Very thought provoking and well researched piece. How about Japan? Very low rates of obesity. Similar issues with chemical residue. Anecdotally when I moved to Japan from the West I began to lose weight involuntarily, down to a BMI of 22. When I moved back to the West I regained weight. It’s a big rich country with plenty of processed, packaged food.
And a story from Tuck about their daughter:
Yes, my daughter is going to college in Japan. They have the “Freshmen 15 lbs” over there as well, except it’s the 15 lbs the foreigners lose when they go on a Japanese diet. Got a few panicked messages about “not having anything to wear”… LOL
So before you sign up for the gastric bypass, try spending a couple months in a lean country and see how it goes.
The question “what do we do about it” also includes the question “what research comes next?” Here’s what we’re thinking.
A lot of people’s first instincts when reading this work is to propose correlational studies. (We don’t necessarily mean a literal correlation, we just mean something that’s not a controlled experiment.) But we think that correlational studies are the wrong way to go at this point.
The first reason is statistical. We covered this in Part IV but it bears repeating. Because most of the modern variation in obesity is genetic, the apparent effect of any contaminant will be quite small, probably no larger than r = 0.50 and maybe a lot smaller. In any study we could run, the range of the variable would probably be restricted, and when the range of a variable is restricted, the correlation always ends up looking smaller than it really is. Some people have proposed we do animal studies for more control — but this is also a bad choice statistically, since the obesity effects in animals seem to be smaller than the effects for humans.
The combination of these problems means that any correlational study would be searching for a pretty small effect, and that means you would need a huge sample size to even have a good chance of finding a potential relationship. So “run a quick correlational study” starts looking like “find a way to fund and organize a study with 1,000 mice”. While we love mice, this seems like an awful lot of them. And even if we have enough statistical power that we have a 90% chance to detect a relationship, that still means we have a 10% chance of missing the relationship altogether. We don’t love those odds.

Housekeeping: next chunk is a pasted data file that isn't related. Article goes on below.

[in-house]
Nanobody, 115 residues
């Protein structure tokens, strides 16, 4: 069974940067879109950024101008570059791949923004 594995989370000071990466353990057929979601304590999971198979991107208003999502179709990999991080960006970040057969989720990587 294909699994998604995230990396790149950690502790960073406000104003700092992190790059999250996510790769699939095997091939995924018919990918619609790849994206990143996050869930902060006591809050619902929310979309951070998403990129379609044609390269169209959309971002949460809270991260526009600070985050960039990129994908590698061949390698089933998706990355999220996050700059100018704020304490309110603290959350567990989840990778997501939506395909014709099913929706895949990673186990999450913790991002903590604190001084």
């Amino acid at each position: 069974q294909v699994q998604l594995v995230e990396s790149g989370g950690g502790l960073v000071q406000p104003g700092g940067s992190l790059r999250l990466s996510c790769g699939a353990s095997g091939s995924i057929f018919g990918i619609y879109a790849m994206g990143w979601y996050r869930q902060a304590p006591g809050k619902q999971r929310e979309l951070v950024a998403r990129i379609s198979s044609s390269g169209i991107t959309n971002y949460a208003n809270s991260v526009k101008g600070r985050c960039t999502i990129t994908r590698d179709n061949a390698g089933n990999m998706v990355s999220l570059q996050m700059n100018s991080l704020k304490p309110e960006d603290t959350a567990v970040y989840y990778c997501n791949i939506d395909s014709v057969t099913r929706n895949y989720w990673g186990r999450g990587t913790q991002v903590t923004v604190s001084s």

Second, A Chemical Hunger already documents a lot of correlational evidence for contaminants in general, and for a few contaminants in particular, especially lithium. If you already find this evidence compelling, it’s hard to imagine that one more piece of correlational evidence will do anything for you. And if you don’t find our review convincing, it’s hard to imagine that another piece of correlational evidence will change your mind.
The contamination theory of obesity has to be possible, in the sense that we know chemicals can cause weight gain and we know various chemicals are in the environment. We hope we’ve also convinced you that it’s plausible. Now we want to figure out, is it true? More correlational evidence isn’t going to get us there.
So overall we recommend going right for the jugular. If this theory is correct, then we have a good shot at doing what we really want to do — actually curing obesity — and no result could be more convincing than that.
So in general, we approve of the idea of doing experiments to just cure obesity straight up.
Normally in public health it’s hard to do this kind of experiment, because it’s unethical to expose people to dangerous chemicals. Back when they were trying to figure out if cigarettes cause cancer, they didn’t do any studies where they assigned people to smoke 3 packs a day. But there’s nothing unethical about removing a contaminant from the environment, so we like that approach.
We call these experiments, and they are, but in many cases we can actually cheat a little by not bothering to include a control group. People almost never spontaneously stop being obese, so we can just use the general obesity rate in the population as our control group.
Generally speaking, there are two approaches. “Broad-spectrum” experiments take the overall contaminant theory seriously, and just try to reduce contaminant exposure generally, without committing to any specific contaminant. “Targeted” experiments go after one contaminant in particular, and see if controlling levels of that contaminant alone can lead to weight loss.